When a game gets out of whack so quickly, the way the Patriots’ 49-19 victory over the Jets did in an 11-minute stretch of the second quarter Thanksgiving night, it’s tough to get a gauge on anything.
Because of equal parts skill from the Patriots and ineptitude from the Jets, New England exploded for 35 points while holding the ball for just 2:46.
Impressive and unbelievable.
Does it mean anything that the Jets held a 16-14 advantage in the other three quarters? Doesn’t seem right, so let’s look at a few of the more interesting aspects of the Patriots’ victory and whether they’ll carry over starting Sunday in Miami.
Life without Gronk: So much for going with three receivers after tight end Rob Gronkowski was lost for at least a month after forearm surgery. The Patriots doubled down on their tight ends by having two of them on the field 75 percent of the time (51 out of 68 plays). The Patriots simply plugged Daniel Fells into Gronkowski's “Y” role — a blocking-heavy position depending on how talented the receiver is — and put Aaron Hernandez back in his “F” or flex spot, where he is basically a third receiver. The continuity very well might have been a byproduct of the short week of preparation, and the Patriots always will be a game-plan-specific offense.
Adding more layers in the secondary: With the return of safety Patrick Chung (shoulder) into the lineup, the Patriots used three sub packages against the Jets. There was the normal nickel package (41.5 percent before the final two Jet drives), with cornerback Kyle Arrington taking the place of a linebacker, either Dont'a Hightower or Brandon Spikes, and playing the “star” slot corner position. Chung was inserted as the fifth defensive back in a “big nickel” used to combat tight end Dustin Keller (16.9 percent). That’s the first time the Patriots have showed that this season. The dime package featuring Arrington and safety Tavon Wilson in place of Hightower and Spikes was used for just one snap against the Jets, although it had been featured before the injuries at safety. Add in that the Patriots continued to mix in more 3-4 alignment — their best run defense — along with their 4-3 base, and you have a defense that is becoming more multiple by the week. This is something Bill Belichick does as the season moves along, and it puts more on the plate for opposing quarterbacks and coordinators to prepare for.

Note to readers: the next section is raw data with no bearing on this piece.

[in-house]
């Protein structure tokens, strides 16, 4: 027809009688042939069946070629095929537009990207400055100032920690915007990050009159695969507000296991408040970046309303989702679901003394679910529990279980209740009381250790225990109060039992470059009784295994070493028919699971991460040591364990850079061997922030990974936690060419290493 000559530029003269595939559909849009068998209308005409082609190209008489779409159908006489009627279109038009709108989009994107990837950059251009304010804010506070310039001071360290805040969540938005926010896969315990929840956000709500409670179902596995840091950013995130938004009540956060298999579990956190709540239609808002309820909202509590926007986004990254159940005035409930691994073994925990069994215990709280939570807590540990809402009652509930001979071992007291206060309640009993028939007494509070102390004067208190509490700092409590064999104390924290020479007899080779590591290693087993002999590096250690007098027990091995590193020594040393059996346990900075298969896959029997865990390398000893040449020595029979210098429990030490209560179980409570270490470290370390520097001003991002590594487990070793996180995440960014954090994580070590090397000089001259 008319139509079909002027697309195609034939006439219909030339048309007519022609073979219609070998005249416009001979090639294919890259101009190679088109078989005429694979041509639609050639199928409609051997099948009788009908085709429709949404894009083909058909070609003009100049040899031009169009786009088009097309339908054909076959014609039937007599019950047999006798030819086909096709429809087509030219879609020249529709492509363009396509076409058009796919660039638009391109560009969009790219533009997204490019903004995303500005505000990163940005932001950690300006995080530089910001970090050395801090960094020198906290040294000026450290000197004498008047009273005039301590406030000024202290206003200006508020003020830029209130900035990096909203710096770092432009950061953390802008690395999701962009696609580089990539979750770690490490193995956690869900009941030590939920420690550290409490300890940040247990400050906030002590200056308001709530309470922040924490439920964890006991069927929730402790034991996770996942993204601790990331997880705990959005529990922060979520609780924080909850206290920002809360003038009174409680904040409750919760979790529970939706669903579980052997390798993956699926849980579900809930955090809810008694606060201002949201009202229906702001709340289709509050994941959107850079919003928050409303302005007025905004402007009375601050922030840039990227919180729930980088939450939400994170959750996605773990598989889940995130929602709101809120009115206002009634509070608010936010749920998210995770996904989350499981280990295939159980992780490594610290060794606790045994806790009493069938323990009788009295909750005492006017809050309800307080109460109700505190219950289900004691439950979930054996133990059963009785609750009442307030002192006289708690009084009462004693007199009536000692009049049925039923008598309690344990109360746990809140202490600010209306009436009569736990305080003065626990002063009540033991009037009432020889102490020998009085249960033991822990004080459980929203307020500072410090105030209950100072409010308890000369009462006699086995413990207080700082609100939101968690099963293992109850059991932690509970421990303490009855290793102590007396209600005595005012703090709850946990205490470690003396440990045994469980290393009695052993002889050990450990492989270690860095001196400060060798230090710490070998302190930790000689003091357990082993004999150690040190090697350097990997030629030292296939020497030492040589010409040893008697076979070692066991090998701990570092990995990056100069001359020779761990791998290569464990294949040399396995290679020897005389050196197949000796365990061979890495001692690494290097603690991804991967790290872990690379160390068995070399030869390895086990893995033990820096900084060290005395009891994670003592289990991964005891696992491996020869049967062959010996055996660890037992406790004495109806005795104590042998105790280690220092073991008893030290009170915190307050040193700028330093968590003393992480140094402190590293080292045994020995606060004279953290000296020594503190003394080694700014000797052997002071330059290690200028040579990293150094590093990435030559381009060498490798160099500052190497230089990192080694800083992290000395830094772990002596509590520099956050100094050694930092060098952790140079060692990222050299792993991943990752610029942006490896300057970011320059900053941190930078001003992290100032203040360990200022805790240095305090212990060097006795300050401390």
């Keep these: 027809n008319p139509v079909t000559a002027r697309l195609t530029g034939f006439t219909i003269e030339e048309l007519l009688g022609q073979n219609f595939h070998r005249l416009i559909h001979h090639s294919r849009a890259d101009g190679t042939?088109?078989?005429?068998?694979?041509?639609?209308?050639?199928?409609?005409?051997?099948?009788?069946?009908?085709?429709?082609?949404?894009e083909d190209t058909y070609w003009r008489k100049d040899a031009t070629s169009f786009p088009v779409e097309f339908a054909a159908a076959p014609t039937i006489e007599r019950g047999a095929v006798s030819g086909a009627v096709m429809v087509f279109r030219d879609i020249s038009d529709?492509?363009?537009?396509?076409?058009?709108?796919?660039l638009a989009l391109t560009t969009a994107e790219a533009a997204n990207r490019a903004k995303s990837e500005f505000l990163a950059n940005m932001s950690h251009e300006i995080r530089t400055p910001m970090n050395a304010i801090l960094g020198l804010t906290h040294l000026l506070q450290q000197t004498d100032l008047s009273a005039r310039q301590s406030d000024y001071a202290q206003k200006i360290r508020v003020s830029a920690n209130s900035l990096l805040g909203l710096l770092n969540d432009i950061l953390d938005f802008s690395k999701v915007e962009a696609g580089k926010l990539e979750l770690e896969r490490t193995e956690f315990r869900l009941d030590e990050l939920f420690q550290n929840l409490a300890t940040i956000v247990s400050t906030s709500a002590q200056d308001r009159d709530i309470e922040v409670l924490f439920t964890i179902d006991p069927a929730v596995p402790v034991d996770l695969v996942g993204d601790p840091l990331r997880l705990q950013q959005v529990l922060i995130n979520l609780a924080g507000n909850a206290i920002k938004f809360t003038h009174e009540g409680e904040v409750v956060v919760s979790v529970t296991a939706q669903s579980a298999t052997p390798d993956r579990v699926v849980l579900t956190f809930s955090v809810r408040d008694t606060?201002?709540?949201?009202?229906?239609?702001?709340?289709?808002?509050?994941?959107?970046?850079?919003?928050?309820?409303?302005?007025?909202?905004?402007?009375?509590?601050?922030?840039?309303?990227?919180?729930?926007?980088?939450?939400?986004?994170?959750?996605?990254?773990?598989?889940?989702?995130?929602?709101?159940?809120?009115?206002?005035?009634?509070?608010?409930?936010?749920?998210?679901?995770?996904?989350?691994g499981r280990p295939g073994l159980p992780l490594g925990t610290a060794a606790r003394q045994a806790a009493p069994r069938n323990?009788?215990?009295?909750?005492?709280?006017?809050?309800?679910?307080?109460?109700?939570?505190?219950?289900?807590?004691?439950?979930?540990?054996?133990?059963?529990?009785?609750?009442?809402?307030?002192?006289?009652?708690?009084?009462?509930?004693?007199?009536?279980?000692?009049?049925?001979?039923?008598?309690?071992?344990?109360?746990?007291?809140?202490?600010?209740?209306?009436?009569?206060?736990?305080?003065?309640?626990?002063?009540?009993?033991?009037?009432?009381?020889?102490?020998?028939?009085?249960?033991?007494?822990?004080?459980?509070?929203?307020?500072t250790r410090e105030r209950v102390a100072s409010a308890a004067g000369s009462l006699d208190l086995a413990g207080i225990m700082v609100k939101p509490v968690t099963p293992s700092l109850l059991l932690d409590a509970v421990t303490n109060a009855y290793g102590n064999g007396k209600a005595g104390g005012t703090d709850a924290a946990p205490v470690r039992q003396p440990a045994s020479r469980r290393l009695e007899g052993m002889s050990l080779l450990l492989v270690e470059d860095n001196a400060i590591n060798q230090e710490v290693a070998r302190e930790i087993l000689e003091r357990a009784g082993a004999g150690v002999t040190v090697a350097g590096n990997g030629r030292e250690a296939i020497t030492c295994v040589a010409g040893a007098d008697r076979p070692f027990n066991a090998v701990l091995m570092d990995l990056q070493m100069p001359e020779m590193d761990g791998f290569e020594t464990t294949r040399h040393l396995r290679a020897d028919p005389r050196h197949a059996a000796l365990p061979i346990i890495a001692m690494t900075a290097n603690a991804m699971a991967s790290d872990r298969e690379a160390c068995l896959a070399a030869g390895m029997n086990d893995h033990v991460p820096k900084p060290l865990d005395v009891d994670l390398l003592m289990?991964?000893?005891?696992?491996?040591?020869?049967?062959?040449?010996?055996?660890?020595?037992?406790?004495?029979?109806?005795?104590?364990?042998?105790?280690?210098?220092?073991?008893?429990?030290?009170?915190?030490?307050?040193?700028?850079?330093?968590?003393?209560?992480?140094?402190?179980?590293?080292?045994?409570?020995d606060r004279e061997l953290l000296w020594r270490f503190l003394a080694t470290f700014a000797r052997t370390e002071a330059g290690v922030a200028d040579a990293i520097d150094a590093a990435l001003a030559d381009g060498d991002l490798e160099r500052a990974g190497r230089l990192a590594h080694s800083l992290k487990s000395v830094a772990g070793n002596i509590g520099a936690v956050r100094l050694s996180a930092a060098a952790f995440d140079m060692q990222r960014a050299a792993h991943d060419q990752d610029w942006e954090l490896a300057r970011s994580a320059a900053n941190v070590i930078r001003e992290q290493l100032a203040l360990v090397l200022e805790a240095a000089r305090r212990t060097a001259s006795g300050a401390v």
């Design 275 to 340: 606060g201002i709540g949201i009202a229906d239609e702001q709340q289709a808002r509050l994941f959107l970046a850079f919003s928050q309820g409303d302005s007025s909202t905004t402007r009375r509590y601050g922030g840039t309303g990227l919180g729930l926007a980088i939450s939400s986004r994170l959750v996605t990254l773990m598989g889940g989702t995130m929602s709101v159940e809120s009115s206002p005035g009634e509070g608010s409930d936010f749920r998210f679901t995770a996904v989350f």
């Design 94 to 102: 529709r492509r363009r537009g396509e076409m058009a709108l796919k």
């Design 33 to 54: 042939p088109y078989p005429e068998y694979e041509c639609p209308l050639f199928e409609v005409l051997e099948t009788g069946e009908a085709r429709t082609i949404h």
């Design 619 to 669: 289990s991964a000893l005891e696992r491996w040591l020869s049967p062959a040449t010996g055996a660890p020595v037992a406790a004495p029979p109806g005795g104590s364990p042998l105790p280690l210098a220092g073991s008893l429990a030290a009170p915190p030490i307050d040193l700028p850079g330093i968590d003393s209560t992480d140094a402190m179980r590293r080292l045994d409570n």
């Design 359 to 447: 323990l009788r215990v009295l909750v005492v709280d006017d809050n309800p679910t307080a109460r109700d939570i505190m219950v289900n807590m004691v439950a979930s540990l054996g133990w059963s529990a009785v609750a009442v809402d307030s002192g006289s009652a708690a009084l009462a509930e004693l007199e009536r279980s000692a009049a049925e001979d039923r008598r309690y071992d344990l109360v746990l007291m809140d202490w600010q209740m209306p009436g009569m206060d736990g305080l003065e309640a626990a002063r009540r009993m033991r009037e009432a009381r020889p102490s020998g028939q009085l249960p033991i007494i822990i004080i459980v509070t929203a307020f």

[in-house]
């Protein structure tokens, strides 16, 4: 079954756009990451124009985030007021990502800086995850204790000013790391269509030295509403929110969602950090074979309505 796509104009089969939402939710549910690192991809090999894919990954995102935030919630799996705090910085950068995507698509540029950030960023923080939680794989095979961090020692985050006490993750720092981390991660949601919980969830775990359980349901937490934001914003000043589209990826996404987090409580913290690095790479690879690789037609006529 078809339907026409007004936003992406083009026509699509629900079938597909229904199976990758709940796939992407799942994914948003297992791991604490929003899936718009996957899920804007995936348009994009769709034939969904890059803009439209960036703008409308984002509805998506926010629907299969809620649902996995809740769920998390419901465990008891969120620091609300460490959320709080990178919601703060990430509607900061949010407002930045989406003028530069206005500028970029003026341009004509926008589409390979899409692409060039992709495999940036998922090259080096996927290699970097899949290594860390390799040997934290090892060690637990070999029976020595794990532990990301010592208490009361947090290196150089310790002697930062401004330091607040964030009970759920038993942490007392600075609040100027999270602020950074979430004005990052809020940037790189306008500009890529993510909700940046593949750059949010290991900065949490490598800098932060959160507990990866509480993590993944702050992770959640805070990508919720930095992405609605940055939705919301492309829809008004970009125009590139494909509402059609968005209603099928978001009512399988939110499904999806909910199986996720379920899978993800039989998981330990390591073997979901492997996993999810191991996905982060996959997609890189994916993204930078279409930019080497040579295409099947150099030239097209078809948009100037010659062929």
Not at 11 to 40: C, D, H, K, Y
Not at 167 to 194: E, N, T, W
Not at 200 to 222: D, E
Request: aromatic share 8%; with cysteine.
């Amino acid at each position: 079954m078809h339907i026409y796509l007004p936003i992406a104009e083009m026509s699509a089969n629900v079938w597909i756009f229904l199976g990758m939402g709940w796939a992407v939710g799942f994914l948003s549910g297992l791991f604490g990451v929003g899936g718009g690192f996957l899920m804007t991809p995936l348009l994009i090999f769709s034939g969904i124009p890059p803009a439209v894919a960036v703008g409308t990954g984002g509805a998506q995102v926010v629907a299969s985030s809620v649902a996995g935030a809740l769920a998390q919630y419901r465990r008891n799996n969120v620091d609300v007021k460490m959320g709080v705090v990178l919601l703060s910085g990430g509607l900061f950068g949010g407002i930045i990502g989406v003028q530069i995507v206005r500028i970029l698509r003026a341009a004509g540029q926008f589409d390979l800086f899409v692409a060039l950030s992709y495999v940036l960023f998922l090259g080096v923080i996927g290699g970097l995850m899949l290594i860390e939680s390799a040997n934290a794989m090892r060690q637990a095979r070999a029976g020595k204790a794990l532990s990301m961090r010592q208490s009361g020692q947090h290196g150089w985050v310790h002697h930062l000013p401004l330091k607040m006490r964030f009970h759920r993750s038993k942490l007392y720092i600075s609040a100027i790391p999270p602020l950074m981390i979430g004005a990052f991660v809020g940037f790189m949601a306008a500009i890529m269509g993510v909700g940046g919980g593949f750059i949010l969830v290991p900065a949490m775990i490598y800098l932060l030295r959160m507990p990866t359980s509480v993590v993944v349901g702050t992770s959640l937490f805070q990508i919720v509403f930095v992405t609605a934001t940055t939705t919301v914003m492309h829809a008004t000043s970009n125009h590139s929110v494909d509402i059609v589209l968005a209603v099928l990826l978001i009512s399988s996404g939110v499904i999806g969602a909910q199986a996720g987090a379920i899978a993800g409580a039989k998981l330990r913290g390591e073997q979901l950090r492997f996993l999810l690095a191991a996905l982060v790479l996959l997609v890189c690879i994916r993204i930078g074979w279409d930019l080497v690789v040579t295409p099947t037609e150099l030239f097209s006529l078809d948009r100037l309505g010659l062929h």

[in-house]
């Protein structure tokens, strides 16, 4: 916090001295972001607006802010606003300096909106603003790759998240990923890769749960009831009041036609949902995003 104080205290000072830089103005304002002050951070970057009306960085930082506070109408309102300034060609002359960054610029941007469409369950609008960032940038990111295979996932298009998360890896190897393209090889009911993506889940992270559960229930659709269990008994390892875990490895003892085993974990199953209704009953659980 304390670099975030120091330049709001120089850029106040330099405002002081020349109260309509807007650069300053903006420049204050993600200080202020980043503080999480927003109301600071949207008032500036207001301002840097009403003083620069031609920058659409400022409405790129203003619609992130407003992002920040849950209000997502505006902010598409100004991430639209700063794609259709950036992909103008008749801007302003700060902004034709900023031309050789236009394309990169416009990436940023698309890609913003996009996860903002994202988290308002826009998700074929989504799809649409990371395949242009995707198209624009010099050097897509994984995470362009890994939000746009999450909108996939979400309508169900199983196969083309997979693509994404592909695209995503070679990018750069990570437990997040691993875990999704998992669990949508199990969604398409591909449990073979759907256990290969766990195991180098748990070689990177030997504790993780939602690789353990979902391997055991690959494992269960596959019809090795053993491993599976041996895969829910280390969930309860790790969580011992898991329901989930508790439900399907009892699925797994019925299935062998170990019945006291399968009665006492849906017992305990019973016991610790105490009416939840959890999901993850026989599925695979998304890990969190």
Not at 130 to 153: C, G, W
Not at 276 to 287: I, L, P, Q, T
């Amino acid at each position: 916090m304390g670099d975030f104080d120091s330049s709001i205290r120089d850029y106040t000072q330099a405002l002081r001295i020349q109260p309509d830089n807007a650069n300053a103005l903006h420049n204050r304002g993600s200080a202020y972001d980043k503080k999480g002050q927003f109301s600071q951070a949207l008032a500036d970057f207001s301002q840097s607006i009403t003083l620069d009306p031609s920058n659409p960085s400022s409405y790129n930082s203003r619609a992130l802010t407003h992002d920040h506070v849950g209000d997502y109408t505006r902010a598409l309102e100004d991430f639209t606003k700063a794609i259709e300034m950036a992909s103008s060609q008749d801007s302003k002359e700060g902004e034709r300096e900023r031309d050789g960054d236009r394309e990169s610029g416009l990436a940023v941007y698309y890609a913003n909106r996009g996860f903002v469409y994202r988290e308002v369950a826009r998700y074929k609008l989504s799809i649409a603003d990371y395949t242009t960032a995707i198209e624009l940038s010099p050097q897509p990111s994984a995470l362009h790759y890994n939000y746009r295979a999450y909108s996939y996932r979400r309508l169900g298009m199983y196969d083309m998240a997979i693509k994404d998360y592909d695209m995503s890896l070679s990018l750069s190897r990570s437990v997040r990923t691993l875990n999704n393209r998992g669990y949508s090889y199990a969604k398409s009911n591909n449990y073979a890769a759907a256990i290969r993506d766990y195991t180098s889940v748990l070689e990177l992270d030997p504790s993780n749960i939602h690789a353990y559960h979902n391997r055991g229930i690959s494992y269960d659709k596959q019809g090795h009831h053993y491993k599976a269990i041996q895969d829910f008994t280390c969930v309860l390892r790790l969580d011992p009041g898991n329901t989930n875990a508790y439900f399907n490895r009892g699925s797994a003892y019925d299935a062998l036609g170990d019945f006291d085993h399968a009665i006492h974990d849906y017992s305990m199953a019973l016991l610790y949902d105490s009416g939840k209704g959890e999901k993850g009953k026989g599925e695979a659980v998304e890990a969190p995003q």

The offensive line: Seems like years ago when people were in near hysteria about the state of the offensive line right before the season. Doubt many are complaining or wondering the whereabouts of Brian Waters right now as the offense continues to roll, Tom Brady has gotten good protection, and the running backs gain huge chunks of yardage, usually without having to do much because the blocking has been so good. The Jets certainly helped. Of the 68 plays the Patriots ran, not including two kneeldowns, the Jets played their base defense with three linemen and four linebackers just nine times (13.2 percent). What’s even more amazing is the first snap of base defense didn’t come until there was 11:45 left in the fourth quarter, when the Patriots promptly burned the Jets on a 28-yard strike from Brady to Wes Welker. As we saw with the first Bills game, one of the big differences in this offense and the previous versions is that the Patriots will cram it down your throat if you go small. Seemed like the Jets overrated the ability of their defensive line to clog running lanes. The Patriots had little trouble turning the Jets, with the lone exception of standout end Muhammad Wilkerson, and getting to the second level. They made it look easy.
On to the positional ratings against the Jets:
Quarterback (Rating: 4.5 out of 5)
He wasn’t quite as good as he was against the Colts, but Brady continues to play at an extremely high level. The short week and lopsided score seemed to curtail the normal creativity for the Jets against Brady. They sent an extra pass rusher on 17.2 percent of Brady’s 29 dropbacks. And the Jets used only two zone exchanges — subbing a linebacker or defensive back for a normal pass rusher — which of late had been Rex Ryan’s preferred method of pressure against Brady. He had little trouble deciphering nickel and dime packages, which the Jets used on 86 percent of the snaps. Brady missed a few throws, but he had 11 standout throws/decisions.
Running backs (4 out of 5)
Most of the work was done by the offensive line as it pummeled the much smaller Jets sub packages. You don’t get much better blocking than what you saw on Shane Vereen’s 13-yard run. Hernandez whammed the tackle, and Ryan Wendell and Marcus Cannon easily got to the second level to pick off dime “linebackers” David Harris and safety Eric Smith to open a huge hole. We finally saw the speed and explosion that led the Patriots to take Vereen in the second round of the 2011 draft on his 83-yard catch and run. Nobody was catching him. Vereen also showed more toughness running the ball than he has previously. If he continues both, there will be more of a platoon between he and Stevan Ridley. Both running backs ran themselves into poor runs on a couple of occasions. Continued...